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East Tennessee History Mountain Ballads Part 2

The people of the Appalachians are a unique people who have contributed much to our culture and our language.
Many people who first came into the mountains in the 1700’s and 1800’s were Scot-Irish, and they brought with them many things. This included a dialect in the language that is not found anywhere else in the world, except the mountains of Scotland, and they also brought their music. Their music was the folk ballad.
The folk ballad is a story that was meant to be sung that may have elements of the supernatural, murder, love lost, or even the deeds of an anti-hero.
These ballads served two purposes for those who dwelt in these mountains. They preserved the history, though at times it was not very factual, and the ballads entertained them.
Families would sing and play instruments with these ballads, and it would give a few moments of respite from a hard life.
This life may mean that they barely made a living off of the rocky hillsides or that they worked from sunup to sundown doing what they could to help raise a family that seemed to grow larger every day.
One of, if not the most famous of, these ballads did not have its origin in Scotland or anywhere else in Europe. It has its origin in the mountains near Boone, N.C., and its name is “Tom Dooley.”
The “Ballad of Tom Dooley” was based on real facts, with identifiable people and a real murder.
According to the story behind the song, Tom Dula was a young man who fought in the American Civil War. He returned home to the mountains around 1866 and started dating a local girl named Laura Foster.
Soon, Laura found out that she was pregnant with Tom’s child.
Some say that Tom was dating a woman named Anne Melton at the time also, and they decided to kill Laura and her unborn child. According to the official account, Tom stabbed Laura, killing her and her unborn child.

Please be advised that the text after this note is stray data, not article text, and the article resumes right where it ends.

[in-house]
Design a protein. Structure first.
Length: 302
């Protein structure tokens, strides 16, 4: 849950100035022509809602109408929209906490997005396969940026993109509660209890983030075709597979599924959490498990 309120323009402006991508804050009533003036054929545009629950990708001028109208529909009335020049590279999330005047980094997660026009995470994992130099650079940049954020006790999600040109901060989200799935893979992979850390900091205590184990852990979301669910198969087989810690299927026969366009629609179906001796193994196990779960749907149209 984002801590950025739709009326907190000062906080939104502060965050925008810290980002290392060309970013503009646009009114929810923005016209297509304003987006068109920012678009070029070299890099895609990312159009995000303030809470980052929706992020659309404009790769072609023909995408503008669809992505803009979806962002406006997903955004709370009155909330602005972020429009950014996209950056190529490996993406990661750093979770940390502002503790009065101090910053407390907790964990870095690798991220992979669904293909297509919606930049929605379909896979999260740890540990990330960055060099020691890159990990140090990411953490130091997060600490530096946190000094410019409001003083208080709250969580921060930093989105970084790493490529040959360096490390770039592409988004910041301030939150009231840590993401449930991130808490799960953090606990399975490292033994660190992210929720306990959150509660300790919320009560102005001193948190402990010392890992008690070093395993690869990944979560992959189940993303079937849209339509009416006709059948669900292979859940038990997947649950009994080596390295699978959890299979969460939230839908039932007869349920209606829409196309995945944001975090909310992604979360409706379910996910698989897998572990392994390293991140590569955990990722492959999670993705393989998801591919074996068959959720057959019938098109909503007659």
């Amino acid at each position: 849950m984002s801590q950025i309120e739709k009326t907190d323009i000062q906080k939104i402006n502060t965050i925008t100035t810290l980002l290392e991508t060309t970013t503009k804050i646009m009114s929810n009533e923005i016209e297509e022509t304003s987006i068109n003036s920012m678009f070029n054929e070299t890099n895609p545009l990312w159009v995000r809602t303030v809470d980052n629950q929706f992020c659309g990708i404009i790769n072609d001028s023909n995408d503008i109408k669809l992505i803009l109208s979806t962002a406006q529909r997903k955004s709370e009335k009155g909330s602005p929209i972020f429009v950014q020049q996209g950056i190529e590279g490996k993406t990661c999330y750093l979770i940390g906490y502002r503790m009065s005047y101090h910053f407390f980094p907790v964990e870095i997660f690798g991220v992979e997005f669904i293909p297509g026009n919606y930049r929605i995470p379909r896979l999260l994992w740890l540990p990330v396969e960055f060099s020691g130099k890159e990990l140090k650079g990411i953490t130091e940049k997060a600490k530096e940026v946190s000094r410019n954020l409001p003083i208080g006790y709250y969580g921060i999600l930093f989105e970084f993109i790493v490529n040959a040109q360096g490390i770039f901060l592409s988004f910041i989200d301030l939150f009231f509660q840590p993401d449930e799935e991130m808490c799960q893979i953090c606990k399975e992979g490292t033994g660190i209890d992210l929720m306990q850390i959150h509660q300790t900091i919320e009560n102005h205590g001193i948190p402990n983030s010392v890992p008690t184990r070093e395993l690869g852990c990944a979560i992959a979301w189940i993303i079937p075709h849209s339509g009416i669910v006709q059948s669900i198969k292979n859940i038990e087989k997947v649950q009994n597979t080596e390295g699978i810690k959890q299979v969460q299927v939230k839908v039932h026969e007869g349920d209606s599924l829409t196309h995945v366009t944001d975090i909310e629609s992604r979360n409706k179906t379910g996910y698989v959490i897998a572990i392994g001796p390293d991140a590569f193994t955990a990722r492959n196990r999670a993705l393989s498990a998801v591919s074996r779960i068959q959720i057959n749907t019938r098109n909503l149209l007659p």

It didn’t take long for the police to arrest Tom for the crime, and he was found guilty. His punishment? He was to be hanged until he was dead.
The fateful day came, and Tom was taken to be hanged. His final words were
“Gentlemen, do you see this hand? I didn’t harm a hair on the girl’s head.”
Some believe that Anne Melton was the real killer because she was jealous of Laura, and that she killed her that night, not Tom.
Anne also stood trial, but she was acquitted of the crime. She would eventually go
insane, and when she died, it is said black cats gathered outside her home.
Tom’s trial made national news, and soon a ballad was written about it. The Kingston Trio heard the song from a man named Frank Proffitt, and they recorded it as “Tom Dooly.”
The ballad says:
“Hang down your head, Tom Dooley
Hang down your head and cry
Hang down your head, Tom Dooley
Poor boy you’re bound to die
Met her on the mountain
There I took her life
I met her on the mountain
And I stabbed her with my knife.”
Because of the Kingston Trio’s version, this ballad became known throughout the world, and it all happened here in the heart of Appalachia.
Mountain ballads are part of our heritage, and they need to be told to the next generation so they can carry on the traditions of singing them and telling the stories behind them. After all, this is just a tiny part of who we really are.